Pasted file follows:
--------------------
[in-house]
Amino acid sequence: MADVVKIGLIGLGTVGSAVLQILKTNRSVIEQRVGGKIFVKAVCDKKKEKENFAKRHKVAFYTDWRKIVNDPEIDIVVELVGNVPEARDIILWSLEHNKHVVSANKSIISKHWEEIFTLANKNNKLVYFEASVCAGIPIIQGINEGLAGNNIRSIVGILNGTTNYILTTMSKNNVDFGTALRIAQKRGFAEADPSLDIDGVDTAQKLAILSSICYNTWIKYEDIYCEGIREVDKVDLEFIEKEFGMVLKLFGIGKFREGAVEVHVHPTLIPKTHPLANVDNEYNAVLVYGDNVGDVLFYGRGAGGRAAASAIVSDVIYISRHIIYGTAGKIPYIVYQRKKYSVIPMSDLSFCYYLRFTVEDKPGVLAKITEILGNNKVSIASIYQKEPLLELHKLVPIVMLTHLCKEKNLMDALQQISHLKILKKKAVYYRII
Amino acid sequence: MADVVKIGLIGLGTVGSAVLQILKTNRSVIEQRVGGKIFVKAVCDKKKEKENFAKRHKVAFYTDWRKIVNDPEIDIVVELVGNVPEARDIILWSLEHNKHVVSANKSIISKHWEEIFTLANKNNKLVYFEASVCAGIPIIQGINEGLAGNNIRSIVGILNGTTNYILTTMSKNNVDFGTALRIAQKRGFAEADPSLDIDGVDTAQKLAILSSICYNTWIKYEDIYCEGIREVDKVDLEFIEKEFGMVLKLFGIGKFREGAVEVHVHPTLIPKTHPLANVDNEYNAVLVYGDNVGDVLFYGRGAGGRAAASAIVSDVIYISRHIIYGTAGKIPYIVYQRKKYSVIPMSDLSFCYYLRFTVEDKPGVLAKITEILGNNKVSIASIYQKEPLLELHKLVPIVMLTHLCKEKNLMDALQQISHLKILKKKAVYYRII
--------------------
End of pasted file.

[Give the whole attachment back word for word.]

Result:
[in-house]
Amino acid sequence: MADVVKIGLIGLGTVGSAVLQILKTNRSVIEQRVGGKIFVKAVCDKKKEKENFAKRHKVAFYTDWRKIVNDPEIDIVVELVGNVPEARDIILWSLEHNKHVVSANKSIISKHWEEIFTLANKNNKLVYFEASVCAGIPIIQGINEGLAGNNIRSIVGILNGTTNYILTTMSKNNVDFGTALRIAQKRGFAEADPSLDIDGVDTAQKLAILSSICYNTWIKYEDIYCEGIREVDKVDLEFIEKEFGMVLKLFGIGKFREGAVEVHVHPTLIPKTHPLANVDNEYNAVLVYGDNVGDVLFYGRGAGGRAAASAIVSDVIYISRHIIYGTAGKIPYIVYQRKKYSVIPMSDLSFCYYLRFTVEDKPGVLAKITEILGNNKVSIASIYQKEPLLELHKLVPIVMLTHLCKEKNLMDALQQISHLKILKKKAVYYRII
Amino acid sequence: MADVVKIGLIGLGTVGSAVLQILKTNRSVIEQRVGGKIFVKAVCDKKKEKENFAKRHKVAFYTDWRKIVNDPEIDIVVELVGNVPEARDIILWSLEHNKHVVSANKSIISKHWEEIFTLANKNNKLVYFEASVCAGIPIIQGINEGLAGNNIRSIVGILNGTTNYILTTMSKNNVDFGTALRIAQKRGFAEADPSLDIDGVDTAQKLAILSSICYNTWIKYEDIYCEGIREVDKVDLEFIEKEFGMVLKLFGIGKFREGAVEVHVHPTLIPKTHPLANVDNEYNAVLVYGDNVGDVLFYGRGAGGRAAASAIVSDVIYISRHIIYGTAGKIPYIVYQRKKYSVIPMSDLSFCYYLRFTVEDKPGVLAKITEILGNNKVSIASIYQKEPLLELHKLVPIVMLTHLCKEKNLMDALQQISHLKILKKKAVYYRII